[ Disclosure:! We do not have money invested in Y! Express. We have never paid for a listing. We have 4 sites, of which 2 are grandfathered Y! directory listings. One of those sites has had 6 pages added to the directory (sections and columns) with no request from us over the past 6 months. The 3rd site was accepted by free submit 3 months ago. The other site does not have a listing after a year of trying free submit! ]
Google has innovated bigtime. The only reason you and I don't have google as our homepage (some of u prob do actually) is that they don't have a my.google.com yet. And they probably won't. Yahoo will hold them hostage I figure...if they do a my.google, yahoo will soon depart...too bad, becuz I'd just love to get rid of yahoo on my homepage...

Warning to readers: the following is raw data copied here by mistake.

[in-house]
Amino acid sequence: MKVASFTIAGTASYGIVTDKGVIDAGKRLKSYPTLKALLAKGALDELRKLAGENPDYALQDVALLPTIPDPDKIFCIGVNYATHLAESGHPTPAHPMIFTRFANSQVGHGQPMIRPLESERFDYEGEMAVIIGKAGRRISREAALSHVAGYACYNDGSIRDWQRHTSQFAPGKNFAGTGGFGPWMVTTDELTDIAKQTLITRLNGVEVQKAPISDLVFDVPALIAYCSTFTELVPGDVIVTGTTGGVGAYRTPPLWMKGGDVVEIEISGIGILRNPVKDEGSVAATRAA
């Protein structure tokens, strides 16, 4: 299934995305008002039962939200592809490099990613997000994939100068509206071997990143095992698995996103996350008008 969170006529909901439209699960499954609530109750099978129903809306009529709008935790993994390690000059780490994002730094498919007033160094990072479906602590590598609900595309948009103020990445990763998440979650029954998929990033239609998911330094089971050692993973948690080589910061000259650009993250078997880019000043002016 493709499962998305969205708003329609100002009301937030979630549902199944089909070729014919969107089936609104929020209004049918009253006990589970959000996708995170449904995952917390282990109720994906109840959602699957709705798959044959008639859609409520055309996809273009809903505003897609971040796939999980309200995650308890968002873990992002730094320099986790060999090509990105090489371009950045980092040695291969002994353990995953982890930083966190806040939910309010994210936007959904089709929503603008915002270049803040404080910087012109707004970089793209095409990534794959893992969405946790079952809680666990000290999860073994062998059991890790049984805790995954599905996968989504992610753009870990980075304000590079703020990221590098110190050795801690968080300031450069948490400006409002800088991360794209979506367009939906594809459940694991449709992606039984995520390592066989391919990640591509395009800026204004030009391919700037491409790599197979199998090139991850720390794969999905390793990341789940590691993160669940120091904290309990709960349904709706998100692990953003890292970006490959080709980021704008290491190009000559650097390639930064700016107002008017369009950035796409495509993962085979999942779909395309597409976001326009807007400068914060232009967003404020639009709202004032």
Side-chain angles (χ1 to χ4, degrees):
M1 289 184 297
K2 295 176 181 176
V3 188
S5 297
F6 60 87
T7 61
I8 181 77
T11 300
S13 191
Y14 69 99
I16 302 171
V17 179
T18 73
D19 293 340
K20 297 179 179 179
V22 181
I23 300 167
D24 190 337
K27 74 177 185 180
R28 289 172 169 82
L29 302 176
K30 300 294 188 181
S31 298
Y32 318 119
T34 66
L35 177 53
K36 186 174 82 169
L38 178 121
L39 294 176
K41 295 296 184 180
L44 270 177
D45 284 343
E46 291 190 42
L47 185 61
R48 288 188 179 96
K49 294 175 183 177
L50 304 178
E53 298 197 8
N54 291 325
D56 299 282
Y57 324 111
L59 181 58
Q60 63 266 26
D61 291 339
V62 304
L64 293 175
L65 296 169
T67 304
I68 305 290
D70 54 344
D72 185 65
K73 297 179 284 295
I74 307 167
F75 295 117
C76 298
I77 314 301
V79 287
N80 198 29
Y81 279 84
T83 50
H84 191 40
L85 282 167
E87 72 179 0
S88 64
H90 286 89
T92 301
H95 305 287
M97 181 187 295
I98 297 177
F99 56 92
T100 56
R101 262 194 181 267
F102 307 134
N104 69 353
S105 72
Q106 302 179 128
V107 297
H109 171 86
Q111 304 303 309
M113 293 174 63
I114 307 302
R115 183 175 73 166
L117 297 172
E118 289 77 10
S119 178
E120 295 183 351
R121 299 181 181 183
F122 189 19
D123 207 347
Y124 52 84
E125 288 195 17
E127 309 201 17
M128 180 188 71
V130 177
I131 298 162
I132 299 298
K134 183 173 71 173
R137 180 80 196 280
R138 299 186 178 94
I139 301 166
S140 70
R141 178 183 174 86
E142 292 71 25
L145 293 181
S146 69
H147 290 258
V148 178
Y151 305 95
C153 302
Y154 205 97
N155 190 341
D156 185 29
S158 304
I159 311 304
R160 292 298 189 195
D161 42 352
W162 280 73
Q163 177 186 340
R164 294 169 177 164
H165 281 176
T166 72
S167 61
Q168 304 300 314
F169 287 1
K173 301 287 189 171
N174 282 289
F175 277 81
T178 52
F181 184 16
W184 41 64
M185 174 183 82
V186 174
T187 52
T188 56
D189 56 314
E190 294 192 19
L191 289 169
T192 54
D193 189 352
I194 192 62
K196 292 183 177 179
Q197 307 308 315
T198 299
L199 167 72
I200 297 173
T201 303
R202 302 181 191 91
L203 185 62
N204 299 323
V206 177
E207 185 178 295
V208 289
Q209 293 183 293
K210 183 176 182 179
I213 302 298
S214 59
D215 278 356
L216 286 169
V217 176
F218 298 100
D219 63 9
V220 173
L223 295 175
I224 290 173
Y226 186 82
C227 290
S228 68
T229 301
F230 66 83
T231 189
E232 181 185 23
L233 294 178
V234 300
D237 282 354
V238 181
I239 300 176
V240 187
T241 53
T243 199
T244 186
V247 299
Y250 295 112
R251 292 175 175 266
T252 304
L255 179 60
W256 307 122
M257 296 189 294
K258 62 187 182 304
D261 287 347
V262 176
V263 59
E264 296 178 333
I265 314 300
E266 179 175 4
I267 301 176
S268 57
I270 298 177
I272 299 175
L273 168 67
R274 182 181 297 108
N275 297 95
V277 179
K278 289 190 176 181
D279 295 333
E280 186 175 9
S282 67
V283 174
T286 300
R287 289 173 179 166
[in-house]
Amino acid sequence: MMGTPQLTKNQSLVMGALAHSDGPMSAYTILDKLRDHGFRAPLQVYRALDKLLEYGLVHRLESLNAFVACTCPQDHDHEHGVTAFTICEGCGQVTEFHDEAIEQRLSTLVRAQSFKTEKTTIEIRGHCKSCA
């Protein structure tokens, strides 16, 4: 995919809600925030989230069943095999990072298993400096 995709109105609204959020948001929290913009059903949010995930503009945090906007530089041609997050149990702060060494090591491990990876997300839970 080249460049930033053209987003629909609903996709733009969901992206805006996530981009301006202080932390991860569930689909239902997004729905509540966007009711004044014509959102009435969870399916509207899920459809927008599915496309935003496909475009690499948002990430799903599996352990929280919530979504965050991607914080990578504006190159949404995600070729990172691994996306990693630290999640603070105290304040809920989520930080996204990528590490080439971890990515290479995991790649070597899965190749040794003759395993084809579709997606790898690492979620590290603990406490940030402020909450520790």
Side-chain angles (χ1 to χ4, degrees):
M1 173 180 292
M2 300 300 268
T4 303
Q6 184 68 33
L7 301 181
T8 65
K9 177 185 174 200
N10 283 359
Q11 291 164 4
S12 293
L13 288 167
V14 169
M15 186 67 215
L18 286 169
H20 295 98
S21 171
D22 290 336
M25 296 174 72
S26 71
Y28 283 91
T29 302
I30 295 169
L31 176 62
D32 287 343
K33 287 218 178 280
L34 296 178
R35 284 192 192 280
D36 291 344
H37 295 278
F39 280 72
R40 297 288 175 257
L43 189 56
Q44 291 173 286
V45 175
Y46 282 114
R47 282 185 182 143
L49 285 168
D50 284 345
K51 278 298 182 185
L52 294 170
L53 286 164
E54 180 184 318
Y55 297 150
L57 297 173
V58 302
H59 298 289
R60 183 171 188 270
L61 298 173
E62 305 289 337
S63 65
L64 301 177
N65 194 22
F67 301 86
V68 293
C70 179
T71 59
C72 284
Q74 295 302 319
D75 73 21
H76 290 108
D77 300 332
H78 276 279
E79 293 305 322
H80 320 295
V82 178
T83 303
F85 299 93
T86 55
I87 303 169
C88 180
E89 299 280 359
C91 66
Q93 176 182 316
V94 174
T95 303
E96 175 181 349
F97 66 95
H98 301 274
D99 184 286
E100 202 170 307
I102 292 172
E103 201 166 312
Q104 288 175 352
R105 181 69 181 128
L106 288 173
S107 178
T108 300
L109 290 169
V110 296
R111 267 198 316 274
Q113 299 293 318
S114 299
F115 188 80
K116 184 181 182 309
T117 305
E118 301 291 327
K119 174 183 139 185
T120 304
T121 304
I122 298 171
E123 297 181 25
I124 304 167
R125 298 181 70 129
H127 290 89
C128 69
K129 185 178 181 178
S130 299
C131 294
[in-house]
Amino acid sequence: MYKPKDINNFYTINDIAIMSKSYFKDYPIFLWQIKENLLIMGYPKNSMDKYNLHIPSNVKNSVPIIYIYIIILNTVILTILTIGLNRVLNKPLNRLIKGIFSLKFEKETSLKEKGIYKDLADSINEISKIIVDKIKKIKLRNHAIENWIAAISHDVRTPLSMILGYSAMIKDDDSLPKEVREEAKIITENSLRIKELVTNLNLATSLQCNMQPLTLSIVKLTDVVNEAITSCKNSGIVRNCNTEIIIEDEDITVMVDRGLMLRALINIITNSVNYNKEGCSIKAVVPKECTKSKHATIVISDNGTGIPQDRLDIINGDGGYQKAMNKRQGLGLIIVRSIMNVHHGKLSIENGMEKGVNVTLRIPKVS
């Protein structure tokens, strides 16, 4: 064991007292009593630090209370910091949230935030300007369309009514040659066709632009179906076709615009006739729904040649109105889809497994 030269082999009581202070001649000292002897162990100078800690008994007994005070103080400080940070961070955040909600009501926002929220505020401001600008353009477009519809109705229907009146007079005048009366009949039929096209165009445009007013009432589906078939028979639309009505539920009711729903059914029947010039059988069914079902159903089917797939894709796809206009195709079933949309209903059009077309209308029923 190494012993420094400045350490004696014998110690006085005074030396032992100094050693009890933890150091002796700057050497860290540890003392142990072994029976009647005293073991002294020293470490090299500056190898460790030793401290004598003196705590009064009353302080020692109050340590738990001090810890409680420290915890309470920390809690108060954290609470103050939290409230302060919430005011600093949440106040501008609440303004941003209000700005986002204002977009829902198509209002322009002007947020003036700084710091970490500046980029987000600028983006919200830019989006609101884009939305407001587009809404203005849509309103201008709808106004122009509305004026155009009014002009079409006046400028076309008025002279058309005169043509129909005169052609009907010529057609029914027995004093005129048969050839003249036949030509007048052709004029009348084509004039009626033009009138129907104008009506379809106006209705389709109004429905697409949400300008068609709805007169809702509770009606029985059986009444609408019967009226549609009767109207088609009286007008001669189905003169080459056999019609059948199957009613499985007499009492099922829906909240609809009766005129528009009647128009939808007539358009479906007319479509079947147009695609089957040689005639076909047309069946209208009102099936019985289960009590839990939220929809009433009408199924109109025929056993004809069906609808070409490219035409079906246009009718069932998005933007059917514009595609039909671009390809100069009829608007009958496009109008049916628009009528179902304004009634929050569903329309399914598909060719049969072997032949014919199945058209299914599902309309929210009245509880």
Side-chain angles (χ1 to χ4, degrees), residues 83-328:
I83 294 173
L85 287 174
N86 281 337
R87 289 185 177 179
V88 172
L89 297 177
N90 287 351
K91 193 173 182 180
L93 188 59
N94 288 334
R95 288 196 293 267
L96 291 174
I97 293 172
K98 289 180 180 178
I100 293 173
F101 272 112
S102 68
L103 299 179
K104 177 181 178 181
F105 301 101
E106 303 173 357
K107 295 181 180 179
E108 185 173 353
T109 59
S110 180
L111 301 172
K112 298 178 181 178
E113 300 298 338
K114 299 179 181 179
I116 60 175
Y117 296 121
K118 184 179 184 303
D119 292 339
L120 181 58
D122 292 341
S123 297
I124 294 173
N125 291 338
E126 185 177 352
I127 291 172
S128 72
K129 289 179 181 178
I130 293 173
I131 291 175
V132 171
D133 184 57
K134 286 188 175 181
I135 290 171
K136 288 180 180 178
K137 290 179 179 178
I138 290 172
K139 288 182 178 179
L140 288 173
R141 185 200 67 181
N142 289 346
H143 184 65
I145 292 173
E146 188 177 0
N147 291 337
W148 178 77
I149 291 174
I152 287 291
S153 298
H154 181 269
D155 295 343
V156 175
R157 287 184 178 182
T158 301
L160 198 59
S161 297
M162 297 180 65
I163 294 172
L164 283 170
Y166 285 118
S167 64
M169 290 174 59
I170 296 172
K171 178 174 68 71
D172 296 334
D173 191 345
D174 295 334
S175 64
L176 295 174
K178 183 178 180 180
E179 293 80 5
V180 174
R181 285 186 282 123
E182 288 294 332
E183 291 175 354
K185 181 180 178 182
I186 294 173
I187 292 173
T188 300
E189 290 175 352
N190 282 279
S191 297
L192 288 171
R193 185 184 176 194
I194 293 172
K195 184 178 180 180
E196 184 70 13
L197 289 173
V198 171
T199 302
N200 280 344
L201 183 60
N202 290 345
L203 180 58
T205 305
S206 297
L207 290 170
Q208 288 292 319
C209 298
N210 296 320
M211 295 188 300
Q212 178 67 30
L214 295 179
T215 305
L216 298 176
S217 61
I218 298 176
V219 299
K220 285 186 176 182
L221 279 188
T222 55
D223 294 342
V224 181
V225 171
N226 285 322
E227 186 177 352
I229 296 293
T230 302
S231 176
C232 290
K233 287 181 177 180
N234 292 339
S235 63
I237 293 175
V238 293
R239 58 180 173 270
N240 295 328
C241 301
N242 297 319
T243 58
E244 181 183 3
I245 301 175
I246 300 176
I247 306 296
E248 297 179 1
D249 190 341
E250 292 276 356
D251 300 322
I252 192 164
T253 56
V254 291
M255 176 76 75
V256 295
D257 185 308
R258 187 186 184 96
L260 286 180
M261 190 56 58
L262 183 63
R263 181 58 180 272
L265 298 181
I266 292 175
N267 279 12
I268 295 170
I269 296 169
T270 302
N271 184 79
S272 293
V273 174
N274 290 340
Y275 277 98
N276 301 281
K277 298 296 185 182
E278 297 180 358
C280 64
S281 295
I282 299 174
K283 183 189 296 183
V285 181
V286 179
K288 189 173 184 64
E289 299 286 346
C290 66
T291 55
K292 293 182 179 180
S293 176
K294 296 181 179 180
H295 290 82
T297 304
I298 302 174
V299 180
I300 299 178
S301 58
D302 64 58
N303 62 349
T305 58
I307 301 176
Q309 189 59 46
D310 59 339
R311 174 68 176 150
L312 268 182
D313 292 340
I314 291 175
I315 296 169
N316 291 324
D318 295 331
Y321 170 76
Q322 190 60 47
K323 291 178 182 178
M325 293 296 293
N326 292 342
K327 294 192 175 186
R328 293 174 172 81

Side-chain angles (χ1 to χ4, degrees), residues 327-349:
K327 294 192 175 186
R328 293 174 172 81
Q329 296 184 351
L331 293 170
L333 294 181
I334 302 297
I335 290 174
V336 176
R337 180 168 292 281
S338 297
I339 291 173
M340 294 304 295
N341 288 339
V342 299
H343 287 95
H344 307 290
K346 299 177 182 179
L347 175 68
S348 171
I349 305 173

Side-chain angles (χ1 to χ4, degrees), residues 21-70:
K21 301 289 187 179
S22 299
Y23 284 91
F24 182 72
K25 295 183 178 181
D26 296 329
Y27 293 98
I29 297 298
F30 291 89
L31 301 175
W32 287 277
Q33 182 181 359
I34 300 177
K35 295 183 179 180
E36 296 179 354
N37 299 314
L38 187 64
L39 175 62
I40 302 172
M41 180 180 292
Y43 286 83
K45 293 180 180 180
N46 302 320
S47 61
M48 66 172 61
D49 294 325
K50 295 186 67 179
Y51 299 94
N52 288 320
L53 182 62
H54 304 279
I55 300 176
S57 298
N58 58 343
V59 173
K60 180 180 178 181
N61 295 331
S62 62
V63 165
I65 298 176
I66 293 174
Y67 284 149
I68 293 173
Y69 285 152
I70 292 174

As for yahoo losing the $$ on express submissions, not a chance. They thot thru this carefully. Plenty will still pay...it may go down, but people know the yahoo name, and they aren't experts like u guyz. So if $$ goes down in directories, it won't be by much, and it will be MORE THAN MADE UP FOR in the overture paid ads...
Anybody have figures on how much revenue overture brought vs. $299?
Anybody have figures on how much revenue overture brought vs. $299?
Great point heretic. I think directory submission revenues are a very small part of Y! revenues, and was it really worth it for the damage it caused to the relevancy and usefulness of Y! pure directory search? I think that Y! finally relaised they could not depend on their brand name recognition and new user base alone to move their brand along. And that a a clearly sub-optimal search service would not be accepted by an increasingly savvy user that Y! is no targeting.